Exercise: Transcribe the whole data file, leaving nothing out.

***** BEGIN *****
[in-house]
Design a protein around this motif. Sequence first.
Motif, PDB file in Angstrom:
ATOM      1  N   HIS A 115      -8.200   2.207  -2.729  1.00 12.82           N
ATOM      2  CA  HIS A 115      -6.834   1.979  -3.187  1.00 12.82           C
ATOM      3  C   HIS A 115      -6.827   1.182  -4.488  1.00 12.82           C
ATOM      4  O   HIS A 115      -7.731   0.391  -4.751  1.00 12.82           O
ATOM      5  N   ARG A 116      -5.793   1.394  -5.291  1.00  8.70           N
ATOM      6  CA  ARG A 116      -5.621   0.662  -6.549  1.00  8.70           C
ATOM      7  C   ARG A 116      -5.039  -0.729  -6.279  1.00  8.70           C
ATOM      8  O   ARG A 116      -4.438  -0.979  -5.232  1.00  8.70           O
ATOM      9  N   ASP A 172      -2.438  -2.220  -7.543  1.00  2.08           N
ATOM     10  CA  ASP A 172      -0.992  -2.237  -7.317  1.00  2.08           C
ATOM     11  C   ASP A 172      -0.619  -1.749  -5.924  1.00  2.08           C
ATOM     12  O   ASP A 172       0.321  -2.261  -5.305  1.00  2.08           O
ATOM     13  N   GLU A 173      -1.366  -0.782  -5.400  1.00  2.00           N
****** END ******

[in-house]
Design a protein around this motif. Sequence first.
Motif, PDB file in Angstrom:
ATOM      1  N   HIS A 115      -8.200   2.207  -2.729  1.00 12.82           N
ATOM      2  CA  HIS A 115      -6.834   1.979  -3.187  1.00 12.82           C
ATOM      3  C   HIS A 115      -6.827   1.182  -4.488  1.00 12.82           C
ATOM      4  O   HIS A 115      -7.731   0.391  -4.751  1.00 12.82           O
ATOM      5  N   ARG A 116      -5.793   1.394  -5.291  1.00  8.70           N
ATOM      6  CA  ARG A 116      -5.621   0.662  -6.549  1.00  8.70           C
ATOM      7  C   ARG A 116      -5.039  -0.729  -6.279  1.00  8.70           C
ATOM      8  O   ARG A 116      -4.438  -0.979  -5.232  1.00  8.70           O
ATOM      9  N   ASP A 172      -2.438  -2.220  -7.543  1.00  2.08           N
ATOM     10  CA  ASP A 172      -0.992  -2.237  -7.317  1.00  2.08           C
ATOM     11  C   ASP A 172      -0.619  -1.749  -5.924  1.00  2.08           C
ATOM     12  O   ASP A 172       0.321  -2.261  -5.305  1.00  2.08           O
ATOM     13  N   GLU A 173      -1.366  -0.782  -5.400  1.00  2.00           N